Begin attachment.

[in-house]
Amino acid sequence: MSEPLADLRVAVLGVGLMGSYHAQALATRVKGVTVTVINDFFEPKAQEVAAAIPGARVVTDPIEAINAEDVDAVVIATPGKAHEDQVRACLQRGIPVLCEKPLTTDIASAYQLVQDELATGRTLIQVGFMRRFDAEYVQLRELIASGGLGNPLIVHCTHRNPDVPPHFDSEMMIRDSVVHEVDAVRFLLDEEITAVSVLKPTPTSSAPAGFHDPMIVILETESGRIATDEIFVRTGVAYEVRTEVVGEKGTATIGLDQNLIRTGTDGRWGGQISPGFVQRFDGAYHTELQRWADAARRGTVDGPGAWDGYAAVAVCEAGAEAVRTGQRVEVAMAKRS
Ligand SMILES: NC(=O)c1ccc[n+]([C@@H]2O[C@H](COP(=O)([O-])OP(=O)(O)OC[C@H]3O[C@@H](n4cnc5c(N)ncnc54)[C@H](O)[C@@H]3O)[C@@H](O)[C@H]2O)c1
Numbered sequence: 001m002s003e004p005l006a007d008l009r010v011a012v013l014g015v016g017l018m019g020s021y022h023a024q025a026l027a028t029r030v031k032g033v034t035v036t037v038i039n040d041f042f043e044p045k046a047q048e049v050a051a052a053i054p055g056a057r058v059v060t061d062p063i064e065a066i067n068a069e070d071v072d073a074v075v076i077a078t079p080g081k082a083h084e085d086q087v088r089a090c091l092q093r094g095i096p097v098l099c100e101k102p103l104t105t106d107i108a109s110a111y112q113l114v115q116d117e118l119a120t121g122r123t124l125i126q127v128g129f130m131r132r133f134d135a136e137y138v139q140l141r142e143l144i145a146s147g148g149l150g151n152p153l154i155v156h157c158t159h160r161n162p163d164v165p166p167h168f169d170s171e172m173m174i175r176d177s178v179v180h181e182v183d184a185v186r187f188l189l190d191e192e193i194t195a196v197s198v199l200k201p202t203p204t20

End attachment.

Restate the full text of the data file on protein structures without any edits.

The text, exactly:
[in-house]
Amino acid sequence: MSEPLADLRVAVLGVGLMGSYHAQALATRVKGVTVTVINDFFEPKAQEVAAAIPGARVVTDPIEAINAEDVDAVVIATPGKAHEDQVRACLQRGIPVLCEKPLTTDIASAYQLVQDELATGRTLIQVGFMRRFDAEYVQLRELIASGGLGNPLIVHCTHRNPDVPPHFDSEMMIRDSVVHEVDAVRFLLDEEITAVSVLKPTPTSSAPAGFHDPMIVILETESGRIATDEIFVRTGVAYEVRTEVVGEKGTATIGLDQNLIRTGTDGRWGGQISPGFVQRFDGAYHTELQRWADAARRGTVDGPGAWDGYAAVAVCEAGAEAVRTGQRVEVAMAKRS
Ligand SMILES: NC(=O)c1ccc[n+]([C@@H]2O[C@H](COP(=O)([O-])OP(=O)(O)OC[C@H]3O[C@@H](n4cnc5c(N)ncnc54)[C@H](O)[C@@H]3O)[C@@H](O)[C@H]2O)c1
Numbered sequence: 001m002s003e004p005l006a007d008l009r010v011a012v013l014g015v016g017l018m019g020s021y022h023a024q025a026l027a028t029r030v031k032g033v034t035v036t037v038i039n040d041f042f043e044p045k046a047q048e049v050a051a052a053i054p055g056a057r058v059v060t061d062p063i064e065a066i067n068a069e070d071v072d073a074v075v076i077a078t079p080g081k082a083h084e085d086q087v088r089a090c091l092q093r094g095i096p097v098l099c100e101k102p103l104t105t106d107i108a109s110a111y112q113l114v115q116d117e118l119a120t121g122r123t124l125i126q127v128g129f130m131r132r133f134d135a136e137y138v139q140l141r142e143l144i145a146s147g148g149l150g151n152p153l154i155v156h157c158t159h160r161n162p163d164v165p166p167h168f169d170s171e172m173m174i175r176d177s178v179v180h181e182v183d184a185v186r187f188l189l190d191e192e193i194t195a196v197s198v199l200k201p202t203p204t20